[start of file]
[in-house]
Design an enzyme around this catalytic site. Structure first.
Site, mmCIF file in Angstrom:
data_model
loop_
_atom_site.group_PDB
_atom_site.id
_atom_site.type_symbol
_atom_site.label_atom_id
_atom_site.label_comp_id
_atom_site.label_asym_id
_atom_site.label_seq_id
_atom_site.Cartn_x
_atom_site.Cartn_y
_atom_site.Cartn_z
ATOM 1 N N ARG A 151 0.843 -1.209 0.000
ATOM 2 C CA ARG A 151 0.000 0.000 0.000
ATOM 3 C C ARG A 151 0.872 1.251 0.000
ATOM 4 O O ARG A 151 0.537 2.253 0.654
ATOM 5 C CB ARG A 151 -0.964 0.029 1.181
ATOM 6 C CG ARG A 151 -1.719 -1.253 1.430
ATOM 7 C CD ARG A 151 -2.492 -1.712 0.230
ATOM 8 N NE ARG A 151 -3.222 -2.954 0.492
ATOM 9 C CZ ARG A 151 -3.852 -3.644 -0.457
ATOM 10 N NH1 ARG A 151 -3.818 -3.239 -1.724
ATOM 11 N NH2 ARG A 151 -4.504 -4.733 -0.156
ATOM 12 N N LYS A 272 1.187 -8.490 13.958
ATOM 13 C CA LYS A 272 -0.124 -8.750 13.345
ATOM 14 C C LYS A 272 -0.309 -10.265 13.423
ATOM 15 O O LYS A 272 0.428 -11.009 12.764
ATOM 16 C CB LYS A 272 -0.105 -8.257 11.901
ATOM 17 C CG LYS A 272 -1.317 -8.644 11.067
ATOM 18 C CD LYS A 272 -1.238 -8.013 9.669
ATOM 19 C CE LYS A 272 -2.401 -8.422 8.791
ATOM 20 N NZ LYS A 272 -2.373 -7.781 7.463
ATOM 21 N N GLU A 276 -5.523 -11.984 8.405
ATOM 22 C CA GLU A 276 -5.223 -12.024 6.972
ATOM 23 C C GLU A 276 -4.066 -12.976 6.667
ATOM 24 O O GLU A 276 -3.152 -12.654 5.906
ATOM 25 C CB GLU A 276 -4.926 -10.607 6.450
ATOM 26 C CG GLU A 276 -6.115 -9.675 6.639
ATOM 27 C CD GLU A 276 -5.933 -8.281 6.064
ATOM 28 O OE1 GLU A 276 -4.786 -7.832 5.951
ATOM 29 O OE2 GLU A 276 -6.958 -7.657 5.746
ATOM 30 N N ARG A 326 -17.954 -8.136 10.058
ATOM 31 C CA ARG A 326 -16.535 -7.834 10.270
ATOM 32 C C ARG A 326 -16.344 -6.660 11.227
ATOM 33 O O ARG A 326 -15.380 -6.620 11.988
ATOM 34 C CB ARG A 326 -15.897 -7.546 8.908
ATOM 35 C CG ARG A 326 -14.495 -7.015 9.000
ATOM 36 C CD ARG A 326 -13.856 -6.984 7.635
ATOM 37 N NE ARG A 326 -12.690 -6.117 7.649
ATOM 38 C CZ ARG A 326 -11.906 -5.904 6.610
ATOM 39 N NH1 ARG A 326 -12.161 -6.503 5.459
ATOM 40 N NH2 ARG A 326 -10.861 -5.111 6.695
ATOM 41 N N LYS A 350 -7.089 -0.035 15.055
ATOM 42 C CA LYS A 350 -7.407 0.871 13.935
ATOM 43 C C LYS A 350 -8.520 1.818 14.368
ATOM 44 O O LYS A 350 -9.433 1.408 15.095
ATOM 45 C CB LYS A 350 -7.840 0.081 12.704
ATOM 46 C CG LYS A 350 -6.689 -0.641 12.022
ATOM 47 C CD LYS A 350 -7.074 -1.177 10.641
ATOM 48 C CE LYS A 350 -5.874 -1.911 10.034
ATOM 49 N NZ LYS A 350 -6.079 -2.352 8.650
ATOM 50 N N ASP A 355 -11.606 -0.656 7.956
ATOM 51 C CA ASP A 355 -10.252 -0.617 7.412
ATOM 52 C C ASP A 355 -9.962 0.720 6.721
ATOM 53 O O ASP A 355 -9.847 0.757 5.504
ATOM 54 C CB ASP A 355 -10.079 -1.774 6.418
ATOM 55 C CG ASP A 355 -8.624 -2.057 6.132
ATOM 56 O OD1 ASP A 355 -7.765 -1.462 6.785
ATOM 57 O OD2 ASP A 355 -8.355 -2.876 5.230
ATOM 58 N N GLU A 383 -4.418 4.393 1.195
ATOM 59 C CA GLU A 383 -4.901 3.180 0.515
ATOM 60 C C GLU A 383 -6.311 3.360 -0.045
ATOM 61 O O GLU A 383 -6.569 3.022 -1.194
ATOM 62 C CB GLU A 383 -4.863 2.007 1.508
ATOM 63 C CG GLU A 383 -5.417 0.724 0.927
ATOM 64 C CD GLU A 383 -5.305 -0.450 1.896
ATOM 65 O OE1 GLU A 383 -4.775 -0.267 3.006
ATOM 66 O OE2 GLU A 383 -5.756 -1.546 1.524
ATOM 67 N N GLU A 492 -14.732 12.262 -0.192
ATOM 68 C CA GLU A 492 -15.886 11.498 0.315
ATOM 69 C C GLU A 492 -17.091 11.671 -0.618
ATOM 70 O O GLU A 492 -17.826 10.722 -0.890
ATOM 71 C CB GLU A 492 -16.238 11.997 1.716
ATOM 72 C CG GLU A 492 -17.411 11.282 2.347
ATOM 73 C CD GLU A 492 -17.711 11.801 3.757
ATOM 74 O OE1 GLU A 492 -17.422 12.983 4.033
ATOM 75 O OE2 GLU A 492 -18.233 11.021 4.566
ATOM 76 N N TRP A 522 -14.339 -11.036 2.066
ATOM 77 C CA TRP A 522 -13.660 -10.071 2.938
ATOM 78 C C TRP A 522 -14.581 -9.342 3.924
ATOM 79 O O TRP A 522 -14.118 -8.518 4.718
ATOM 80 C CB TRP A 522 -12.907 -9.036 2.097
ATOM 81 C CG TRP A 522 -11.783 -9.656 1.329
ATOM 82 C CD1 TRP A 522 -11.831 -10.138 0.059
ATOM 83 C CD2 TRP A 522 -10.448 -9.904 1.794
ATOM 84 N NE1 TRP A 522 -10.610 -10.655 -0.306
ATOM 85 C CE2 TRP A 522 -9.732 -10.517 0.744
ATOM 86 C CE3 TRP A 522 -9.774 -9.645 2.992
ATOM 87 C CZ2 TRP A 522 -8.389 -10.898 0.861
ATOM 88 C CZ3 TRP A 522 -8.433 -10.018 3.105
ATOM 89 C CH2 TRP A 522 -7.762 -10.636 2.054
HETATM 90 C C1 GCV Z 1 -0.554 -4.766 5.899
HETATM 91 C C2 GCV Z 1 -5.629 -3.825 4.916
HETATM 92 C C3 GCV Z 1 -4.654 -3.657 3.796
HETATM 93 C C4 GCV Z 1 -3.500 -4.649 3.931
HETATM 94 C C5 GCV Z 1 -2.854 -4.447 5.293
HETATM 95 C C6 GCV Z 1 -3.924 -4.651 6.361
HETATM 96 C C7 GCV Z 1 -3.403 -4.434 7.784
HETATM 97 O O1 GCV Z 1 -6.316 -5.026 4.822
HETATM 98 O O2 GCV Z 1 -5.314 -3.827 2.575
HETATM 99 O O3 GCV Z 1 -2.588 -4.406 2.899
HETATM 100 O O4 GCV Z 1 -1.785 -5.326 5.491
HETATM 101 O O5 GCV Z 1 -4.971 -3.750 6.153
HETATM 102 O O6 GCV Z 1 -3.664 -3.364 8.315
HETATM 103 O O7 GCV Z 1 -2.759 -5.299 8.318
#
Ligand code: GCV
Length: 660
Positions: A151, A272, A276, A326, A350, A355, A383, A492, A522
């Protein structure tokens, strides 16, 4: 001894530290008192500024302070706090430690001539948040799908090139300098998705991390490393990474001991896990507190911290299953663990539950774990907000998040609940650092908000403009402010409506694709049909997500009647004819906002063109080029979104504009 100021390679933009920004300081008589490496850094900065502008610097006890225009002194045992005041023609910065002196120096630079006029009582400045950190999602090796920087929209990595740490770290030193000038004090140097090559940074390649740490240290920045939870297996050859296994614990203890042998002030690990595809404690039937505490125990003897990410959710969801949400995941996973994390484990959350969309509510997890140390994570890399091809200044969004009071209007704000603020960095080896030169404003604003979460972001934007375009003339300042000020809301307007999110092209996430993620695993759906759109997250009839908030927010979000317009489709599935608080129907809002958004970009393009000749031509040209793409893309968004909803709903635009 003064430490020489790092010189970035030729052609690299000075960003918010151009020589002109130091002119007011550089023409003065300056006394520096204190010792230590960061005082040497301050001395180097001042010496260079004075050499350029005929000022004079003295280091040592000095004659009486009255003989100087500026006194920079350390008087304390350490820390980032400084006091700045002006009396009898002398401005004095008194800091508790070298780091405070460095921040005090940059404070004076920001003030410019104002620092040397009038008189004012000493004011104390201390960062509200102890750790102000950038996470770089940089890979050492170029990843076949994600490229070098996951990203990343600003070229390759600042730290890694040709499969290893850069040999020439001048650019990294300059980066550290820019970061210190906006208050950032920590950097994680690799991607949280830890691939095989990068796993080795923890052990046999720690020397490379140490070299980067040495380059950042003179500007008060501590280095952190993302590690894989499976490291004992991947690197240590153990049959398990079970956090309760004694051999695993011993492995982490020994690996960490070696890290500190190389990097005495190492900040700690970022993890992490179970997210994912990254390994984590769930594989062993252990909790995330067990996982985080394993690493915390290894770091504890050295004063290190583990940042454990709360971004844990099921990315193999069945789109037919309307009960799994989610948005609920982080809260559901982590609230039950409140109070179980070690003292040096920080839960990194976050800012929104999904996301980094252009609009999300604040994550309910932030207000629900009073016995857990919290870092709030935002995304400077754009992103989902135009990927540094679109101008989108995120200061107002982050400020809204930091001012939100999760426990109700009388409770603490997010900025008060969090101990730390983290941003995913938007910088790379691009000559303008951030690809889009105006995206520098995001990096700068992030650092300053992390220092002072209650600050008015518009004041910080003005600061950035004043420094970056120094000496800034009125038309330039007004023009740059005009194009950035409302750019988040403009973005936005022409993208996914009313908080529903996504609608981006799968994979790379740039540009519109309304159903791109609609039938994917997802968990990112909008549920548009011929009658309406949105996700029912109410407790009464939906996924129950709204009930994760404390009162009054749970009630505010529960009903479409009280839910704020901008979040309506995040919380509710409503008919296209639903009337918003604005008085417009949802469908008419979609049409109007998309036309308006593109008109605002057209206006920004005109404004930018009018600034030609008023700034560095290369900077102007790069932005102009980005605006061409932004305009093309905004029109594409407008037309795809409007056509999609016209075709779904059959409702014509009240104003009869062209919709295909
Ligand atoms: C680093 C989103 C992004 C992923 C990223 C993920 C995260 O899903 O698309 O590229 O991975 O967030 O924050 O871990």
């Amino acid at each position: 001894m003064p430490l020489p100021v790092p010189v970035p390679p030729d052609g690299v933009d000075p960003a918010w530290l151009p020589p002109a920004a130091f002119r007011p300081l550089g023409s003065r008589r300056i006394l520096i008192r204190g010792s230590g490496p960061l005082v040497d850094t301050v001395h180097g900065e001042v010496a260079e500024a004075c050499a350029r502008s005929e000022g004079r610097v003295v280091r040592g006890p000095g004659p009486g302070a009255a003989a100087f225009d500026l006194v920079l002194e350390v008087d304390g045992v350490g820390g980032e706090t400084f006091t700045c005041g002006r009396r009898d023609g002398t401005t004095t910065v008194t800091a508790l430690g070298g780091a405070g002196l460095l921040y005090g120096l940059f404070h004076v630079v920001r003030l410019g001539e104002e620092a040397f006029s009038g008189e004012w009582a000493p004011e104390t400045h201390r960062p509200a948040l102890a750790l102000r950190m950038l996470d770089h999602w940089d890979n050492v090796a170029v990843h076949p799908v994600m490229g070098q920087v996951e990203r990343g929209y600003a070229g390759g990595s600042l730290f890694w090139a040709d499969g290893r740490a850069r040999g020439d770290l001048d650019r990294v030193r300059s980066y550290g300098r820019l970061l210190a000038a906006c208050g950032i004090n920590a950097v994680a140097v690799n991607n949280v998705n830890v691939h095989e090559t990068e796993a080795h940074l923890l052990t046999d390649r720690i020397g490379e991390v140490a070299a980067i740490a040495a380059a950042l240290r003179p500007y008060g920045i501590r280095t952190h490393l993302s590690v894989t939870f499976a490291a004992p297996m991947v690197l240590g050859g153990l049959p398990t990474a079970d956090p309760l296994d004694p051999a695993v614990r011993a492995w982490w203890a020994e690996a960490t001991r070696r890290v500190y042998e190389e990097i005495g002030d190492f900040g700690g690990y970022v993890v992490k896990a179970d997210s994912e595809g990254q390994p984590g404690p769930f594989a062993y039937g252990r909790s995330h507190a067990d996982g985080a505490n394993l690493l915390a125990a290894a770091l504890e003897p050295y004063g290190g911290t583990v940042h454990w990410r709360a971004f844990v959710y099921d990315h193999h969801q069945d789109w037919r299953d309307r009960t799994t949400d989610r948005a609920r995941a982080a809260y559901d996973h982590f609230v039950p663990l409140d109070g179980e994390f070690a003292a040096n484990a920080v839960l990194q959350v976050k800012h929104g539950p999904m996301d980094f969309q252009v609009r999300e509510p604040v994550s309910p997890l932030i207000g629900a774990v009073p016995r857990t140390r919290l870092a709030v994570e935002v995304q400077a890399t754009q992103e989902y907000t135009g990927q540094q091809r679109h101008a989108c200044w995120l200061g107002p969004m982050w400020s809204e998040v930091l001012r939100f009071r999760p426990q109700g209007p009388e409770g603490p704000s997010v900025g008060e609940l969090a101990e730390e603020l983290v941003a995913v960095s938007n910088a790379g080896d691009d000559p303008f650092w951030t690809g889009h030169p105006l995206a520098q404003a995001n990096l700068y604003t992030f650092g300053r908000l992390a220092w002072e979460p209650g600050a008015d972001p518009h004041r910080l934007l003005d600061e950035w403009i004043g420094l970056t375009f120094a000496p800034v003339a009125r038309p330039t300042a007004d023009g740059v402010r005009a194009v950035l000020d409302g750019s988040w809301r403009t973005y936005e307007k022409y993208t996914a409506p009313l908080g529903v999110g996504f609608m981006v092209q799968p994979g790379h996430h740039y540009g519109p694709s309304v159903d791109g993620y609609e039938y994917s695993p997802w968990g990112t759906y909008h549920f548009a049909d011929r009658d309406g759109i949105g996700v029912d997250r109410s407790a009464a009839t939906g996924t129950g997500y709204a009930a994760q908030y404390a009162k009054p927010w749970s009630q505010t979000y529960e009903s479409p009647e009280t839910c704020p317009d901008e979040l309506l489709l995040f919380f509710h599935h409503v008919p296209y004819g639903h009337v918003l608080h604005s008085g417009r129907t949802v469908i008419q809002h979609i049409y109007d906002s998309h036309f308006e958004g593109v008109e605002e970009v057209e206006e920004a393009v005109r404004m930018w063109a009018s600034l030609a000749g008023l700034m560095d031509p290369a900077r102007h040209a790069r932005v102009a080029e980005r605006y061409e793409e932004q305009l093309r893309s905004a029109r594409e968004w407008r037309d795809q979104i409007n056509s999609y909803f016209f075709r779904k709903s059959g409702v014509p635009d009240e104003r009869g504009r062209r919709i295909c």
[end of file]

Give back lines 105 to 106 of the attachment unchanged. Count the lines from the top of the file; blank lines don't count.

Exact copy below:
HETATM 90 C C1 GCV Z 1 -0.554 -4.766 5.899
HETATM 91 C C2 GCV Z 1 -5.629 -3.825 4.916